or in·nu·mer·ous

[ih-noo-mer-uh-buh l or ih-noo-mer-uh s; ih-nyoo-]


very numerous.
incapable of being counted; countless.

Origin of innumerable

1300–50; Middle English < Latin innumerābilis countless, innumerable, equivalent to in- in-3 + numerābilis that can be counted or numbered (numerā(re) to count + -bilis -ble)
Related formsin·nu·mer·a·ble·ness, in·nu·mer·a·bil·i·ty, nounin·nu·mer·a·bly, adverbqua·si-in·nu·mer·a·ble, adjectivequa·si-in·nu·mer·a·bly, adverb
Can be confusedenumerable innumerableinnumerable innumerate

Synonyms for innumerable

1. See many. 2. numberless. Unabridged Based on the Random House Unabridged Dictionary, © Random House, Inc. 2019

Examples from the Web for innumerous

Contemporary Examples of innumerous

Historical Examples of innumerous

  • High and low, the innumerous hum of insects vibrated on the air.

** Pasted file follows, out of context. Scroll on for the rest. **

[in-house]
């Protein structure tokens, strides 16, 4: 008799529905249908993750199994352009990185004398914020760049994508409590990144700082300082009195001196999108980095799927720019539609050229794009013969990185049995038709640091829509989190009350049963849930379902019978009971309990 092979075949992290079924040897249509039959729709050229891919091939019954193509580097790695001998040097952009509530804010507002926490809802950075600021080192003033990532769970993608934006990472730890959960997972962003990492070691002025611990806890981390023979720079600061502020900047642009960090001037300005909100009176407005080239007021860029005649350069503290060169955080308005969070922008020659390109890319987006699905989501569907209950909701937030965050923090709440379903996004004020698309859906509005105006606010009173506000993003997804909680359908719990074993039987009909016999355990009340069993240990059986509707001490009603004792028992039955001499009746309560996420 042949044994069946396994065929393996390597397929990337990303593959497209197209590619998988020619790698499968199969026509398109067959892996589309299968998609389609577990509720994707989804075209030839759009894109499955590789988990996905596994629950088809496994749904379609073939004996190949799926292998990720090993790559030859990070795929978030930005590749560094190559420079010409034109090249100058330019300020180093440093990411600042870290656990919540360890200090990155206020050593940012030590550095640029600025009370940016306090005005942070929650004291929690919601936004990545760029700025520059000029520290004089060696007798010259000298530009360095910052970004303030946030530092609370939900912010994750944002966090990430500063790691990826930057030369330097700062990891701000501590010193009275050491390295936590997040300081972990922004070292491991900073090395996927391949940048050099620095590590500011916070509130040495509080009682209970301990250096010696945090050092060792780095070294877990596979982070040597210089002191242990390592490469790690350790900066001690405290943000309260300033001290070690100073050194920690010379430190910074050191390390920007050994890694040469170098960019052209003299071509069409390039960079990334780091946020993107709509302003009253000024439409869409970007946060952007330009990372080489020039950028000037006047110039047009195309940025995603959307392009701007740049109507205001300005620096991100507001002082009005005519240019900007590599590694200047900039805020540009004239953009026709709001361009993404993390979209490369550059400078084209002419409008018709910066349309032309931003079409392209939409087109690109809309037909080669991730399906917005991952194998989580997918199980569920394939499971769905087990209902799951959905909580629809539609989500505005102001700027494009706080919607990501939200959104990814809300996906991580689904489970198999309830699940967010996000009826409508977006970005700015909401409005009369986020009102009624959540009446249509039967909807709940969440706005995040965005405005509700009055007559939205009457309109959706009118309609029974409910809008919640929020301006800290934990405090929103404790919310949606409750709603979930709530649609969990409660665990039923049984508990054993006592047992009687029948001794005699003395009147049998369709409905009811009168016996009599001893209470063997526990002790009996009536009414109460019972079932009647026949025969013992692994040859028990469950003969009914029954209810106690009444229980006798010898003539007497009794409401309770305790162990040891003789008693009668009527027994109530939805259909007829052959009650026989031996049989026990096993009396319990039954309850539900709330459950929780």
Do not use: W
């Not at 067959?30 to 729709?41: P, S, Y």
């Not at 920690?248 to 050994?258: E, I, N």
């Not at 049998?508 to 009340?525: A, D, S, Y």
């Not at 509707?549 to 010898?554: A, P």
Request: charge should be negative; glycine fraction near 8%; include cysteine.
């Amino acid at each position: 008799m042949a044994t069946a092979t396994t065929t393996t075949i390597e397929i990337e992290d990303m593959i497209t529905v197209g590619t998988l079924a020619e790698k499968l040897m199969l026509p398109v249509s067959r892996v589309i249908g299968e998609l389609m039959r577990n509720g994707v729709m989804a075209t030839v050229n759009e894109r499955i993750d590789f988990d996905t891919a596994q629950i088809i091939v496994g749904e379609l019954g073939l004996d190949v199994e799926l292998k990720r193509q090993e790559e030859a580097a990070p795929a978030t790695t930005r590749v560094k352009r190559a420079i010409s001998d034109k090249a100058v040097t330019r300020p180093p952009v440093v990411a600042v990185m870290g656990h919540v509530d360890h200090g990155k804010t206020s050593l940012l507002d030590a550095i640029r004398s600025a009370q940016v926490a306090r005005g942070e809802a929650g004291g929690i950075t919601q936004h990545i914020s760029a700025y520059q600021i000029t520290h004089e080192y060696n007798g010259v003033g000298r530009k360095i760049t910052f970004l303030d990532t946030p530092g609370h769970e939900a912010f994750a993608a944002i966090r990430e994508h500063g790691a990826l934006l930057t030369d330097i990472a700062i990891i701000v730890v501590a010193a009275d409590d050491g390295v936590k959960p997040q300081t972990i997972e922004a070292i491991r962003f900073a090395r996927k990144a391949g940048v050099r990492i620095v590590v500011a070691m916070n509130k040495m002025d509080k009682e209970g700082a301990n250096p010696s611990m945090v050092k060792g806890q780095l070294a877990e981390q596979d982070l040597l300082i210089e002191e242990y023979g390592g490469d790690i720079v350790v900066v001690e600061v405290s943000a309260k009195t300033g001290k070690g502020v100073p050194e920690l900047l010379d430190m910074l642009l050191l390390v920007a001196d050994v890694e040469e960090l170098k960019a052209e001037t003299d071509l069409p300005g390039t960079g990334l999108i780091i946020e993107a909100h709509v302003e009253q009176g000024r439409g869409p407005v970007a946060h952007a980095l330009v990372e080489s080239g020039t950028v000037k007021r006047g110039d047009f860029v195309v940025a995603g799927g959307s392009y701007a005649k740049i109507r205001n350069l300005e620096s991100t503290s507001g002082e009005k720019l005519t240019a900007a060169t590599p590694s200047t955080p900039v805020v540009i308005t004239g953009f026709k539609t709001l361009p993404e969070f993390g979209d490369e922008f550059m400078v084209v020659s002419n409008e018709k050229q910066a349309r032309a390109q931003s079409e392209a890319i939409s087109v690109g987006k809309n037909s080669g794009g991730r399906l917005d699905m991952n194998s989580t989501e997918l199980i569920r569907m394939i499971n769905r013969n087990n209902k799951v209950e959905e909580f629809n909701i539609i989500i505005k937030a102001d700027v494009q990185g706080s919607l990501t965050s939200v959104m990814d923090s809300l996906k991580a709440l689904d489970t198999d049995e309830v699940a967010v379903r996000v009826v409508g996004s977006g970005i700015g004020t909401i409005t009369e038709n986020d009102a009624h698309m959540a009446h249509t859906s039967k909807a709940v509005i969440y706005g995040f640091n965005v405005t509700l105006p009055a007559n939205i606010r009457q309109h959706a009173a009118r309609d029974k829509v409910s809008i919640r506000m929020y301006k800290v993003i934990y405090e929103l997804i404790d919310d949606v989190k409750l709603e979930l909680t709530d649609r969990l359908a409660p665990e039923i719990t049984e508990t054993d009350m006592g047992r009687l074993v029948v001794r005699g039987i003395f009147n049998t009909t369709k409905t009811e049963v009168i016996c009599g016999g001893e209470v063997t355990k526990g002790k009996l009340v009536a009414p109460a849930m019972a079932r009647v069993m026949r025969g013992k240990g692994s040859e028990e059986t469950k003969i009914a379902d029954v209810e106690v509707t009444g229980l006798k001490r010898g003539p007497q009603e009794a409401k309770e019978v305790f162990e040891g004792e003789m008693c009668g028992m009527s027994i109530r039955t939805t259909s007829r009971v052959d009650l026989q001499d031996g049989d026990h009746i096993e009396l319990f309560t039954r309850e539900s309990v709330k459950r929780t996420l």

• The spires of the grasses were washed in dew; the innumerous was as one green flower that had lain all night in the moonshine.

  • What can induce them in that route to go, In which innumerous before have gone, And died in misery poor and woe-begone?

  • In that inundation of the light of heaven the stars paled, innumerous, like a silvery powder sprinkled by the moonshine.

    The Tour

    Louis Couperus

British Dictionary definitions for innumerous




so many as to be uncountable; extremely numerous
Derived Formsinnumerability or innumerableness, nouninnumerably, adverb
Collins English Dictionary - Complete & Unabridged 2012 Digital Edition © William Collins Sons & Co. Ltd. 1979, 1986 © HarperCollins Publishers 1998, 2000, 2003, 2005, 2006, 2007, 2009, 2012

Word Origin and History for innumerous



mid-14c., from Latin innumerabilis "countless, immeasurable," from in- "not" (see in- (1)) + numerabilis "able to be numbered," from numerare "to count, number," from numerus "a number" (see number (n.)).

Online Etymology Dictionary, © 2010 Douglas Harper